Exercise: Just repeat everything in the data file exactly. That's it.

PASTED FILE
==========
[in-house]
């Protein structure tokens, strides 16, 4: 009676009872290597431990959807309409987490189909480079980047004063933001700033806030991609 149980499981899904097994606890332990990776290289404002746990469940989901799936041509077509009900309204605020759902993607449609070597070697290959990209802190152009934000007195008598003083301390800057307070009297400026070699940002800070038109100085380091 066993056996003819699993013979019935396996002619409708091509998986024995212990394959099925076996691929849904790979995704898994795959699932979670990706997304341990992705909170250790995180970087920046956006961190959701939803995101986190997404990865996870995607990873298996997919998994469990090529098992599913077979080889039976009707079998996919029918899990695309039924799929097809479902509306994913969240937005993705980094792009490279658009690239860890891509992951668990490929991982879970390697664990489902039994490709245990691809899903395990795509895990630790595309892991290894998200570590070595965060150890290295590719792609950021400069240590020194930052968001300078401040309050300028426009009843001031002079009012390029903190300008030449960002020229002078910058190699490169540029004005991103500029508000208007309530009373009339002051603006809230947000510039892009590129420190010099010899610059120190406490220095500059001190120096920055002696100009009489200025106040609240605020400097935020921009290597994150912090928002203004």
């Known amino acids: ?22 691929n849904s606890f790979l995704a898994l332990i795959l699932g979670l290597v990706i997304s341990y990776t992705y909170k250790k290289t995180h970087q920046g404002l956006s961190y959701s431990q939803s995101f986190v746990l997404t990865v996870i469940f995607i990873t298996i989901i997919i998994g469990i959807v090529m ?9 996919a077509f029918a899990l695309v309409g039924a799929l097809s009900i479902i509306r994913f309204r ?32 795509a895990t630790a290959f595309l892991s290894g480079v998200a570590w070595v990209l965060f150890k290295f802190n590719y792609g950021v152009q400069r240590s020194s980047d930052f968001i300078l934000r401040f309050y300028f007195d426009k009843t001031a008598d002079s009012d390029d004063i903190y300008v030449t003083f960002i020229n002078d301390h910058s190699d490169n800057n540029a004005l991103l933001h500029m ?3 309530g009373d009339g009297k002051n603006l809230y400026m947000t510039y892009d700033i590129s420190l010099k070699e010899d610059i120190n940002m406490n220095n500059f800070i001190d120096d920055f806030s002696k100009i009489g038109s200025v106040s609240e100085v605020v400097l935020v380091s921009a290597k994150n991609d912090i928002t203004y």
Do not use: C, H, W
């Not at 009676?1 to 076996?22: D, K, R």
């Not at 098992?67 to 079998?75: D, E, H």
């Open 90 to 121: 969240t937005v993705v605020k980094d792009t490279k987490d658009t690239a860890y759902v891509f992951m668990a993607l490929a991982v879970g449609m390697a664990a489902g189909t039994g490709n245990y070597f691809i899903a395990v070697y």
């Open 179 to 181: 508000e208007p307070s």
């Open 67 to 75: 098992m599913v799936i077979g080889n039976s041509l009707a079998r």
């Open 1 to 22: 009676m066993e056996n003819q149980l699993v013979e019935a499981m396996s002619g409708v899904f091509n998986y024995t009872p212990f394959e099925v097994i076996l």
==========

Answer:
[in-house]
């Protein structure tokens, strides 16, 4: 009676009872290597431990959807309409987490189909480079980047004063933001700033806030991609 149980499981899904097994606890332990990776290289404002746990469940989901799936041509077509009900309204605020759902993607449609070597070697290959990209802190152009934000007195008598003083301390800057307070009297400026070699940002800070038109100085380091 066993056996003819699993013979019935396996002619409708091509998986024995212990394959099925076996691929849904790979995704898994795959699932979670990706997304341990992705909170250790995180970087920046956006961190959701939803995101986190997404990865996870995607990873298996997919998994469990090529098992599913077979080889039976009707079998996919029918899990695309039924799929097809479902509306994913969240937005993705980094792009490279658009690239860890891509992951668990490929991982879970390697664990489902039994490709245990691809899903395990795509895990630790595309892991290894998200570590070595965060150890290295590719792609950021400069240590020194930052968001300078401040309050300028426009009843001031002079009012390029903190300008030449960002020229002078910058190699490169540029004005991103500029508000208007309530009373009339002051603006809230947000510039892009590129420190010099010899610059120190406490220095500059001190120096920055002696100009009489200025106040609240605020400097935020921009290597994150912090928002203004």
């Known amino acids: ?22 691929n849904s606890f790979l995704a898994l332990i795959l699932g979670l290597v990706i997304s341990y990776t992705y909170k250790k290289t995180h970087q920046g404002l956006s961190y959701s431990q939803s995101f986190v746990l997404t990865v996870i469940f995607i990873t298996i989901i997919i998994g469990i959807v090529m ?9 996919a077509f029918a899990l695309v309409g039924a799929l097809s009900i479902i509306r994913f309204r ?32 795509a895990t630790a290959f595309l892991s290894g480079v998200a570590w070595v990209l965060f150890k290295f802190n590719y792609g950021v152009q400069r240590s020194s980047d930052f968001i300078l934000r401040f309050y300028f007195d426009k009843t001031a008598d002079s009012d390029d004063i903190y300008v030449t003083f960002i020229n002078d301390h910058s190699d490169n800057n540029a004005l991103l933001h500029m ?3 309530g009373d009339g009297k002051n603006l809230y400026m947000t510039y892009d700033i590129s420190l010099k070699e010899d610059i120190n940002m406490n220095n500059f800070i001190d120096d920055f806030s002696k100009i009489g038109s200025v106040s609240e100085v605020v400097l935020v380091s921009a290597k994150n991609d912090i928002t203004y």
Do not use: C, H, W
């Not at 009676?1 to 076996?22: D, K, R």
């Not at 098992?67 to 079998?75: D, E, H």
């Open 90 to 121: 969240t937005v993705v605020k980094d792009t490279k987490d658009t690239a860890y759902v891509f992951m668990a993607l490929a991982v879970g449609m390697a664990a489902g189909t039994g490709n245990y070597f691809i899903a395990v070697y």
């Open 179 to 181: 508000e208007p307070s």
């Open 67 to 75: 098992m599913v799936i077979g080889n039976s041509l009707a079998r």
């Open 1 to 22: 009676m066993e056996n003819q149980l699993v013979e019935a499981m396996s002619g409708v899904f091509n998986y024995t009872p212990f394959e099925v097994i076996l």